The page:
Eye For Film >> Movies >> Destricted (2006) Film Review
Reviewed by: Chris
Andy Warhol once said, "An artist is someone who produces things that people don't need to have but that he - for some reason - thinks it would be a good idea to give them." Destricted doesn't fit into convenient mainstream, or even arthouse niches, but is like a Tate Modern exhibit that has more in common with underground art, or the Warhol aesthetic, than conventional film genres. It would be hard to identify a "market" for the film, yet it is undoubtedly of some merit.
Destricted is a collection of shorts, linked by a common theme. Two of them are directed by acclaimed film directors and the other five made by heavyweights (two of them women) from the world of contemporary art. All were invited to make films on their views of sex and pornography. They are Gaspar Noé (Irreversible), Larry Clark (Kids), Matthew Barney (Cremaster cycle), Marina Abramov (Sean Kelly Gallery), Richard Prince (Spiritual America), Marco Brambilla (Demolition Man) and Turner Prize nominee Sam Taylor-Wood.
The films are mostly iconographic or impersonal fabrications. They distil essential elements into images that remain long after they are viewed. Each uses different artistic techniques and each is worthy of serious study - although cinema audiences' reactions may also include boredom and amusement. In making this as a commercial movie, the producers establish fairly extreme imagery (by contemporary standards) as art that the reasonable censors dare not touch - the BBFC passed it uncut - and also launch an experiment in which the audience is largely unaware. An insight is provided by a free discussion download from the Tate Modern (where the film was also screened), when leading commentators address audience responses, from serious art analysis to the macho "chavs"'s reactionary attempt to put it down as boring ("Yes, but would you find it 'boring' in the privacy of your own home?" counters one of the panel in addressing the "pornographic" element.)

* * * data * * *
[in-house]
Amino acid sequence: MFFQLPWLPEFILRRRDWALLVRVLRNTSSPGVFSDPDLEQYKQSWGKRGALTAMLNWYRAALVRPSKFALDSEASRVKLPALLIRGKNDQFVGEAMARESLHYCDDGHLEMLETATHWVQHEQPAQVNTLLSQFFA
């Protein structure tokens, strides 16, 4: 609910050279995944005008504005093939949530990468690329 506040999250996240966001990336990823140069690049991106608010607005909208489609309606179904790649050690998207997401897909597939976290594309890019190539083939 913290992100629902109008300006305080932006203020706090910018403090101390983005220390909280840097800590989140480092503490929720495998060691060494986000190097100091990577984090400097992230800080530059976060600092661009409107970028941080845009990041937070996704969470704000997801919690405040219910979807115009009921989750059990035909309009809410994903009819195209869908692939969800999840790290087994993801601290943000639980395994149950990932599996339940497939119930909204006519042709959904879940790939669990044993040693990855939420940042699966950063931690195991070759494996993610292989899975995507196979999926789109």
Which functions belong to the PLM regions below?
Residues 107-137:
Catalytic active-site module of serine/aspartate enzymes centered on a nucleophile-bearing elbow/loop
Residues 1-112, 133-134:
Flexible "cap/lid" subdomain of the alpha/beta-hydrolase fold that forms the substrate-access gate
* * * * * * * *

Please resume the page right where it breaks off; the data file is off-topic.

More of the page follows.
The most accessible section - and most linear in format - is Impaled, which is also the longest at 38 minutes. Clark is interested in the effect pornography has on youngsters, but his film goes further, looking at the human dynamics and insecurities of the porn industry and making a porn film. He interviews young male pornstar wannabees, in discussions that are almost like a shrink session, asking them about their sexual experience, preferences and use of pornography. One of them is a virgin. Many have quite understandable hang-ups about their bodies. Asked what sort of things they would like to do, they all express an interest in anal sex. When they undress, nearly all of them are shaved. These last two characteristics, although only evinced by a minority of the general population, are frequently the norm in pornographic films. Clark gets the most promising candidate to interview the female porn star applicants. The girls are shown as human and genuinely sensual (unlike the way they are portrayed in porn films), although their comfortable attitude to sexuality threatens to bring out more of the guys' insecurities (a theme that was explored well in Breillat's Sex Is Comedy). The girls prove mostly adept at putting the young man at ease, however, and he selects the oldest of them (40yrs) to be his "co-star." Having got this far, it would be a shame if Clark had opted to make the film funny, or sterile, or miss out the actual planned sex scene. He does avoid the pitfall, making his contribution a documentary about porn that is also seamlessly pornographic. Unlike porn, however, we have (to uses Breillat's famous distinction) invested emotionally in the characters by this point and the resultant scene is both sensitive and uncomfortably sexy. With porn, the actors are de-humanised, but here there is a sense of walking in on people we know and therefore have only a dubious right to be aroused. It is not shocking, in the way porn is no longer shocking, but still arouses mixed reactions.
The sense of dislocation is felt even more strongly in House Call by Prince (a 12-minute section). Almost an homage to a golden age of porn, he takes the naughty doctor/patient fantasy stereotype andreprocesses it until the quality of the image is overrun with graininess and bad lighting. To this, he adds jangling, futuristic music so that, even though the images are very explicit, we are reduced to observing them in a distant, dispassionate way. It reminded me of a dinner party I attended with a famous sexologist and a couple of guests. She broke off to show one of the earliest porn films transferred to video. A forkful of roast meat with cranberry sauce was halfway to my mouth as she observed, "Isn't it remarkable, with the equipment they had in those days, how they managed to get the lighting right under that guys balls . . ." With House Call, the audience is similarly forced to confront material they might technically class as pornographic, or erotic, but simultaneously forced to observe it in a totally dispassionate light. At that point, it is a short leap to see the doctor/patient romp as a deeply ingrained representation permeating our cultural mindset.